JEREMY Corbyn has launched a blistering attack on First Minister Nicola Sturgeon by warning that “flags don’t build houses” and accusing the SNP of wearing an “anti-austerity badge” without pursuing economic policies to match.
The newly-elected Labour leader hit out at the Nationalists yesterday for what he said was simply playing at class politics as he opened his first conference since winning the party leadership.
Mr Corbyn’s comments came ahead of two visits north of the Border to try to make good his promise to help win Scotland back for Labour. He will be at a party gala fundraising dinner in Glasgow on Friday and the Scottish Labour Party conference in Perth next week.
Last night the SNP hit back by saying that the Labour conference in Brighton showed that the party is “out of ideas” for Scotland. A spokesman said Mr Corbyn’s comments were “ill-informed” and “betray how little he knows about Scotland”.
Mr Corbyn said that “anti-austerity” was only a “headline” for the SNP. He claimed that in reality the Nationalists had a Conservative privatising agenda. He pointed to the SNP “privatising CalMac .... privatisation of ScotRail, also cutting college places, also privatising services, also cutting local government funding”, while campaigning under an anti-austerity banner.
Mr Corbyn said on the BBC’s Andrew Marr show: “Yes they [the SNP] have an austerity badge, but where is the economic strategy behind it which doesn’t either continue the austerity that is happening now, or if they go for fiscal devolution it is going to be even worse in Scotland because of the price of ol at the present time.”
The SNP immediately hit back, pointing out that the rules on tendering for the ferries and rail were put in place before the party came to power in 2007, and said it was powerless to change them,.
The SNP’s Westminster leader Angus Robertson said the new Labour leadership was “still running scared of the Tories” after pledging to match Chancellor George Osborne’s new fiscal charter, adding: “Mr Corbyn’s comments show that Labour may have changed the messenger, but they clearly haven’t changed their dismal, negative message.”
There were also speeches at the Labour Party Conference from shadow Scottish Secretary Ian Murray, who won cheers for introducing himself as the “last man standing” in Scotland after the near wipeout of Labour MPs in May.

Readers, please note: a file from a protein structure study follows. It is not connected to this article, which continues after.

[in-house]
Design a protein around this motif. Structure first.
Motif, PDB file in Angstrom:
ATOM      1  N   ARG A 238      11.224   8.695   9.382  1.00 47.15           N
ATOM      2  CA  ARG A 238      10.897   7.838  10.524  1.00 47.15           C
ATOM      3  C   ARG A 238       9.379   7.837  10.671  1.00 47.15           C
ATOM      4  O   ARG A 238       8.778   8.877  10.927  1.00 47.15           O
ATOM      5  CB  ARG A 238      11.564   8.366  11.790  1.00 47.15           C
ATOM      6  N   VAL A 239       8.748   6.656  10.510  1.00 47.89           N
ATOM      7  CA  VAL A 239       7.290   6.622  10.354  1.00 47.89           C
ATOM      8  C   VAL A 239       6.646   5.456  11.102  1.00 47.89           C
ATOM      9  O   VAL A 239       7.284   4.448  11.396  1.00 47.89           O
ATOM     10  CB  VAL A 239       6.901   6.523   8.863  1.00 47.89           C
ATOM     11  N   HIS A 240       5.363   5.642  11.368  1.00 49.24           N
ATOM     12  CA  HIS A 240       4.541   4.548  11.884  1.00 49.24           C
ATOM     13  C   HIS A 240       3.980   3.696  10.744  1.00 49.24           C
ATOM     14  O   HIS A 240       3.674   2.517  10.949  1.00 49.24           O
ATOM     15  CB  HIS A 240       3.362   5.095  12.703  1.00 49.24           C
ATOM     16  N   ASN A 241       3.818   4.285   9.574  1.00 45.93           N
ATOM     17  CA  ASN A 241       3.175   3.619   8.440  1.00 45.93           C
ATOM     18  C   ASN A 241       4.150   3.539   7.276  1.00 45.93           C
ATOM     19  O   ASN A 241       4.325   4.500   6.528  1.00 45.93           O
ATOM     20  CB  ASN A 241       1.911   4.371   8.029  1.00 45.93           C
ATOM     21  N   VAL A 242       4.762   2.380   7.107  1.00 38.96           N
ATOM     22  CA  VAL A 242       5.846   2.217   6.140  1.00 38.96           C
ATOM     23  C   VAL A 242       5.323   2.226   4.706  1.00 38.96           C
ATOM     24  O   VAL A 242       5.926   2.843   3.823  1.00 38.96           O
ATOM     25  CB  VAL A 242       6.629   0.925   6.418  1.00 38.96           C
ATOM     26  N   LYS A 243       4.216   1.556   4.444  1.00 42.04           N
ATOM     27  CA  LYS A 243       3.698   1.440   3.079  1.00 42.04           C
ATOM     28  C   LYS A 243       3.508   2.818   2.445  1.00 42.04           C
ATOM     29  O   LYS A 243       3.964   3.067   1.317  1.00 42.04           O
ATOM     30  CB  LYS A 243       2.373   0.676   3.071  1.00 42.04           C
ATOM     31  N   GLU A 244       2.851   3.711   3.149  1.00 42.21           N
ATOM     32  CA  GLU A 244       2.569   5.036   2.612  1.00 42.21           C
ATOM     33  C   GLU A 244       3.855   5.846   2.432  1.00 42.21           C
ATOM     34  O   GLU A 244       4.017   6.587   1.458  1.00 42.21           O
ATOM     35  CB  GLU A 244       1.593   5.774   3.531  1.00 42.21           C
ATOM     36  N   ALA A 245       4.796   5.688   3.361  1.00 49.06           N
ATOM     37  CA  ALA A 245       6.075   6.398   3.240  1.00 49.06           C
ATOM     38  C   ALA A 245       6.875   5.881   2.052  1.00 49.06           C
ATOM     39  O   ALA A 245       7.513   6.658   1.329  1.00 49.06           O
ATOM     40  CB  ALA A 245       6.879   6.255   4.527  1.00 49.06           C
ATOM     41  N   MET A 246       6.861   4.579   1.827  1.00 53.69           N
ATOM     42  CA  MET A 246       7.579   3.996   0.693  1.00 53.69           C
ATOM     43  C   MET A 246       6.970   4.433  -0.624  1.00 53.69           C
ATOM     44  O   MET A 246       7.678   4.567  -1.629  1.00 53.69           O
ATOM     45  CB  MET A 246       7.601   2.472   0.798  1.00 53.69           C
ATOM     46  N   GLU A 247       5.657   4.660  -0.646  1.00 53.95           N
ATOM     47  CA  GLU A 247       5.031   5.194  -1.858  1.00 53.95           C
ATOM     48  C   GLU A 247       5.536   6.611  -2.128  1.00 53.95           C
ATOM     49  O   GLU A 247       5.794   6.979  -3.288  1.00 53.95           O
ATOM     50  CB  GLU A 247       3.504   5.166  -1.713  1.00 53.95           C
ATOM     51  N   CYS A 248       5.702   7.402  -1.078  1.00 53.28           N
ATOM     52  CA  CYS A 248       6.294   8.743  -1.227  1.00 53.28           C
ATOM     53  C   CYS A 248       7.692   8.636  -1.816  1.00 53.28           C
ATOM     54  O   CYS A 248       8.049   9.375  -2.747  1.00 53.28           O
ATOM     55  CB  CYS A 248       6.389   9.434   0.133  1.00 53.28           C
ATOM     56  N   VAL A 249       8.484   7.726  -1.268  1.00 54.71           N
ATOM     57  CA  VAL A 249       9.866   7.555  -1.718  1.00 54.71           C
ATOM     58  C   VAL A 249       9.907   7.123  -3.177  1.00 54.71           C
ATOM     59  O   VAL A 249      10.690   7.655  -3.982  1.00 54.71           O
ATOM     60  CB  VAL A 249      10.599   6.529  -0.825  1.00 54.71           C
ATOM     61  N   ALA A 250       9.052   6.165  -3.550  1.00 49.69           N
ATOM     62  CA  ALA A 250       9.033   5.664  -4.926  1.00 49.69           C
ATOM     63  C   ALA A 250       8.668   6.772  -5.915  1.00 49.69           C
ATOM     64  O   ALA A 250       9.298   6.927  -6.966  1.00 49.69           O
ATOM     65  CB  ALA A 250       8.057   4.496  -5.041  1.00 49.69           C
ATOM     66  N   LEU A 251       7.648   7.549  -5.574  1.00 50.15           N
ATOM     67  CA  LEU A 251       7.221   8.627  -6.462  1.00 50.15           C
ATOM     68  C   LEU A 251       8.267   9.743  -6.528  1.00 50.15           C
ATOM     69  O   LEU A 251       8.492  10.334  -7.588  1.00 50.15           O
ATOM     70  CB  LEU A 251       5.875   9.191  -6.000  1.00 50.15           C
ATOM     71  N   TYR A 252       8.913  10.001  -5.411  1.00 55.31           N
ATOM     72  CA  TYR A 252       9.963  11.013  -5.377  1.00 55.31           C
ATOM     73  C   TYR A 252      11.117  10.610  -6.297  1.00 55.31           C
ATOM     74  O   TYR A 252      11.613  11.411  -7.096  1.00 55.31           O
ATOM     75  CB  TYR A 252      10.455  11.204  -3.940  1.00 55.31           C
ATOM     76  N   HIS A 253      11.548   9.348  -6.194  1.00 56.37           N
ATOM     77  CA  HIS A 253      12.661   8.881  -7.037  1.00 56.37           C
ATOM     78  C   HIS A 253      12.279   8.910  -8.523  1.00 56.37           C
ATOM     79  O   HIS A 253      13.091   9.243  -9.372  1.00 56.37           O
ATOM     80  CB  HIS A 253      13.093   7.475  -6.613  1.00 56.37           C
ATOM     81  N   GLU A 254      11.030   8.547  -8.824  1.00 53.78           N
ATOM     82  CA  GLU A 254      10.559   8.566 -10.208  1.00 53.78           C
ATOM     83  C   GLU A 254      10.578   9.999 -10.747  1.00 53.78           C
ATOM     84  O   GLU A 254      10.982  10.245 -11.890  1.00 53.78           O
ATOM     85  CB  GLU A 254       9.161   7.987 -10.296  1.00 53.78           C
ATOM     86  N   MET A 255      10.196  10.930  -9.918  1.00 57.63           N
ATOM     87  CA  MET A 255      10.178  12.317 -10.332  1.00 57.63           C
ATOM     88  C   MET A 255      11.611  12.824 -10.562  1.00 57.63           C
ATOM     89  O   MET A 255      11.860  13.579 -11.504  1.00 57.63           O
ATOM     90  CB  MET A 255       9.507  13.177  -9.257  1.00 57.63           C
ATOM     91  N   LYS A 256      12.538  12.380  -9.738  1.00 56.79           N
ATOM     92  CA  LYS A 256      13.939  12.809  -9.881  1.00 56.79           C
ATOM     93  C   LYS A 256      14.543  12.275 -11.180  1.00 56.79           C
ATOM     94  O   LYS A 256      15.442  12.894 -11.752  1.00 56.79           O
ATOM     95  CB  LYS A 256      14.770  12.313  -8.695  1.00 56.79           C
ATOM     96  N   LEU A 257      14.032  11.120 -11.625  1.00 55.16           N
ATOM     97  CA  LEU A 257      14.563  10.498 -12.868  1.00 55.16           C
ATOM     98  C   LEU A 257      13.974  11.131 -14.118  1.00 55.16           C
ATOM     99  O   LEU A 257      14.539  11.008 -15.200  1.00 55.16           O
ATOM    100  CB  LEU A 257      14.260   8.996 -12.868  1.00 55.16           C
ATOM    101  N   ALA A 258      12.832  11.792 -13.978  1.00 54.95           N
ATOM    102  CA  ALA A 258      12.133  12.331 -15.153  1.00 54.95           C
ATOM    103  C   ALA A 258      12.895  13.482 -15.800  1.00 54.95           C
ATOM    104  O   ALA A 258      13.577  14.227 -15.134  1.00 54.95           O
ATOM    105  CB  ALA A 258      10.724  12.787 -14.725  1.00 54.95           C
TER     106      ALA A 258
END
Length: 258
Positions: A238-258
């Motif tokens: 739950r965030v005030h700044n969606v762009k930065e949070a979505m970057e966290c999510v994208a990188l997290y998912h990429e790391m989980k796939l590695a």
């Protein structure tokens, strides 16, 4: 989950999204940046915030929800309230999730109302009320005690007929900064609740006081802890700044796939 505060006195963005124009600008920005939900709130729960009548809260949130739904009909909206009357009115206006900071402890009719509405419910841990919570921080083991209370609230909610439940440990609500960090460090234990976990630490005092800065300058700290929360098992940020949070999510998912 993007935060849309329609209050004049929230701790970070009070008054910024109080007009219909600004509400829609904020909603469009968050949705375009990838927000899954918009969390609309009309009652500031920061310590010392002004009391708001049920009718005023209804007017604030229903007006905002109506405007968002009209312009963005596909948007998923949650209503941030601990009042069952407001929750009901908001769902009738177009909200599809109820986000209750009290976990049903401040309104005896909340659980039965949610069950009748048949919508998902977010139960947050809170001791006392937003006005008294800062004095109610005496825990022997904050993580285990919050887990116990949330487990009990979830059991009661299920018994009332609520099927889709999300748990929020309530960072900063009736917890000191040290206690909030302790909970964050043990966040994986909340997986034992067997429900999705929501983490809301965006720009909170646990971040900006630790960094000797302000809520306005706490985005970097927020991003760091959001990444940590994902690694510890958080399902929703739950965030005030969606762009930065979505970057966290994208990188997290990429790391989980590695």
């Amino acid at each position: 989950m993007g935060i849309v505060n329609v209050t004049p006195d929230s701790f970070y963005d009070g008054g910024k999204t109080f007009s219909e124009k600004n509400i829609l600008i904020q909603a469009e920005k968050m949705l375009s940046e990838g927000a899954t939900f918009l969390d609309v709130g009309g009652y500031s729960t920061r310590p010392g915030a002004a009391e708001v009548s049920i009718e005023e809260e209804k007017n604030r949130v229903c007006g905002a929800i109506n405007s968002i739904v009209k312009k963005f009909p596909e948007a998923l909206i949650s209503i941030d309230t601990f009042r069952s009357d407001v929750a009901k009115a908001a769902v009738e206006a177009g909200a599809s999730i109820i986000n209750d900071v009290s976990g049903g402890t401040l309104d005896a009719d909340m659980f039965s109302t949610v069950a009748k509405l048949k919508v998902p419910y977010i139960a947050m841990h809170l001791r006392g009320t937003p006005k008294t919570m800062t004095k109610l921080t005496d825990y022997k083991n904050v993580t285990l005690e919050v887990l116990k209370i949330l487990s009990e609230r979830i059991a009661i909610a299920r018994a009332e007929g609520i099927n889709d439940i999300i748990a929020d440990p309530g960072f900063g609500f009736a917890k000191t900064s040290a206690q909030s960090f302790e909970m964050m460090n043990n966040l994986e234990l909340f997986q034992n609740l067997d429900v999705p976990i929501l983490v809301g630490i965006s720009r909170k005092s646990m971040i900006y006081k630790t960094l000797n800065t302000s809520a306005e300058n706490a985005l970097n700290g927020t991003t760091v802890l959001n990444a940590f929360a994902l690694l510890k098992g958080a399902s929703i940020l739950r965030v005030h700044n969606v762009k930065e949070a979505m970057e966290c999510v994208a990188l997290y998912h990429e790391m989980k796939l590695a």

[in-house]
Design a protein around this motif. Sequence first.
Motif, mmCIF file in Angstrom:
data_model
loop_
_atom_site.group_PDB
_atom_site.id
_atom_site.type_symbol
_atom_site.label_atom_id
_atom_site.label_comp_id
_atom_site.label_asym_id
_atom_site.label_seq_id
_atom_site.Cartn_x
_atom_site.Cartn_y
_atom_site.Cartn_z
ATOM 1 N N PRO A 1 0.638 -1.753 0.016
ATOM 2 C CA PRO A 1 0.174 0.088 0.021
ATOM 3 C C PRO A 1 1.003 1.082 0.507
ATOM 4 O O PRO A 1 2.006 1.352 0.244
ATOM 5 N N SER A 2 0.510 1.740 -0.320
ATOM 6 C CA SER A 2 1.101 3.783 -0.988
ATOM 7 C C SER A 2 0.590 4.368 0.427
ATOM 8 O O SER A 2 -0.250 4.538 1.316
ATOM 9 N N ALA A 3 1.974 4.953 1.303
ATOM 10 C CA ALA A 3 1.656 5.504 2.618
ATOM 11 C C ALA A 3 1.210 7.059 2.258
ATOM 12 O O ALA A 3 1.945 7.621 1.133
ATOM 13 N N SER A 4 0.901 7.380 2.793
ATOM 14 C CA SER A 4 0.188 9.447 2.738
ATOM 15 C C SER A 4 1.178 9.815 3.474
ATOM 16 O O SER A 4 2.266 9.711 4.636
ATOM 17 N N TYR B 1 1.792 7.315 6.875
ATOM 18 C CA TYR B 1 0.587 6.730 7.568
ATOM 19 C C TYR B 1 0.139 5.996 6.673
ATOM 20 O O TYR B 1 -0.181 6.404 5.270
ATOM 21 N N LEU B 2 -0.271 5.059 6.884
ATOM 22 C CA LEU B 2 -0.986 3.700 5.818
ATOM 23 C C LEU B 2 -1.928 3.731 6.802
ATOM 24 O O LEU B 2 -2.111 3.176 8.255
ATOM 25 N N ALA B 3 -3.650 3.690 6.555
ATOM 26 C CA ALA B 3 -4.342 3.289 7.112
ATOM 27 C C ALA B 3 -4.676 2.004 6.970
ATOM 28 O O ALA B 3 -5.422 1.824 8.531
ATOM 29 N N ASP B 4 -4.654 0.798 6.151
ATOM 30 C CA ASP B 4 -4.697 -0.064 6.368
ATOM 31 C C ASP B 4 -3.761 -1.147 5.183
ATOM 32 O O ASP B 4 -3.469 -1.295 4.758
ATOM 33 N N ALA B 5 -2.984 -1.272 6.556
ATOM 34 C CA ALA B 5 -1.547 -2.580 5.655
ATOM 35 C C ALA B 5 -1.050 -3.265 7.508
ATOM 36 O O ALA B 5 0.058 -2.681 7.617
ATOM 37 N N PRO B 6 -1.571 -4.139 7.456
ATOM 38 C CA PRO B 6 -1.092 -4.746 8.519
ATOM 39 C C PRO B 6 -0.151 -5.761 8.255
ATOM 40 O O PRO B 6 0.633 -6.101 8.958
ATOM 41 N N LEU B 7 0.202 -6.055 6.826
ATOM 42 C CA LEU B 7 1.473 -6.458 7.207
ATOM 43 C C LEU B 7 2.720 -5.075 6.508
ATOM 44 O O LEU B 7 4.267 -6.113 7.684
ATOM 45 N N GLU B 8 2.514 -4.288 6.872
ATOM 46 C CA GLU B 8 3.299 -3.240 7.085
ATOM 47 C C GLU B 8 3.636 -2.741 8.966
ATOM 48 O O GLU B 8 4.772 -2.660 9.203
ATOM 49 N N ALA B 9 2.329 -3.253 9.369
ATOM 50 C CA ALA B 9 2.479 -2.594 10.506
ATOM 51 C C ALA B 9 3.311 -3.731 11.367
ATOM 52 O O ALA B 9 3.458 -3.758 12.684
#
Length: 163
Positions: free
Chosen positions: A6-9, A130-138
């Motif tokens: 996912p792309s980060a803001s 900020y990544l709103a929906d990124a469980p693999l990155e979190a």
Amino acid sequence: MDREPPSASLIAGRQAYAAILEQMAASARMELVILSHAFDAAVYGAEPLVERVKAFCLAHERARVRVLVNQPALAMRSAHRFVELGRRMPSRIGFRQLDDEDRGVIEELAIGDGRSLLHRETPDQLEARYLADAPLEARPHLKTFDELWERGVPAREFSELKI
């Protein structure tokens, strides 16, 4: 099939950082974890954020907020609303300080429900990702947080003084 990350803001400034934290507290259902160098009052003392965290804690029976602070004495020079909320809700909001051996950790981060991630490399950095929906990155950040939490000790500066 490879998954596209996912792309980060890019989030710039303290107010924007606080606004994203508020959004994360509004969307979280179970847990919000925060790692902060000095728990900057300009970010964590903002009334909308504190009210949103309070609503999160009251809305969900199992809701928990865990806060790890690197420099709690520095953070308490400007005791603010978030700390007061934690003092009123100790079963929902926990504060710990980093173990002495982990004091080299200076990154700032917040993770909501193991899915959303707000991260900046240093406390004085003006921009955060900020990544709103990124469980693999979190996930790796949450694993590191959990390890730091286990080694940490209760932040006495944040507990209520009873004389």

Paraphrasing Rabbie Burns, he accused the SNP of being “sleekit, cow’rin, tim’rous beasties” in government.
New Scottish Labour leader Kezia Dugdale declared it was time for the party in Scotland to “stop just listening and start acting”.
Mr Corbyn’s line of attack was also taken up by Ms Dugdale, who said the intense focus on the constitution in Scotland meant public services were not what they should be.
She said: “Scotland needs a strong Labour Party an a strong opposition to the Scottish Government.
“Because for eight years, the SNP government have had the chance to change our schools, change our hospitals, change our country for the better. But the truth is they haven’t.”
The Edinburgh and Lothians MSP vowed to campaign for better education ahead of the Holyrood vote in May and said the NHS was creaking at the seams”.
She added: “In Scotland, we have a government that is presiding over falling standards in our schools and hospitals.
“A government who have governing as a second priority, opting instead to carry on an argument that the vast majority of Scots don’t want to have.
“And this has consequences. It means difficult decisions delayed, progressive choices dismissed and, tragically, a lack of political will to use the powers we have in the Scottish Parliament.”
In his speech Mr Murray highlighted what he said was a lack of ambition by the SNP in government.
He said: “They claim to campaign like lions but they govern like mice: sleekit, cowrin, tim’rous beasties!”
Mr Murray also turned his fire on the Conservative government in Westminster, calling on the party to accept Labour’s proposals to improve the Scotland Bill on devolution.
He said: “We need the Tories to stay true to the spirit and letter of the Smith Agreement to ensure that we have the power in Scotland to create the welfare system we want, with no threat of interference from Iain Duncan Smith.
“So if the Prime Minister and the Scottish Secretary [David Mundell] are serious about powers for Scotland, I say this to them today. Accept Labour’s changes. Don’t break your promises.”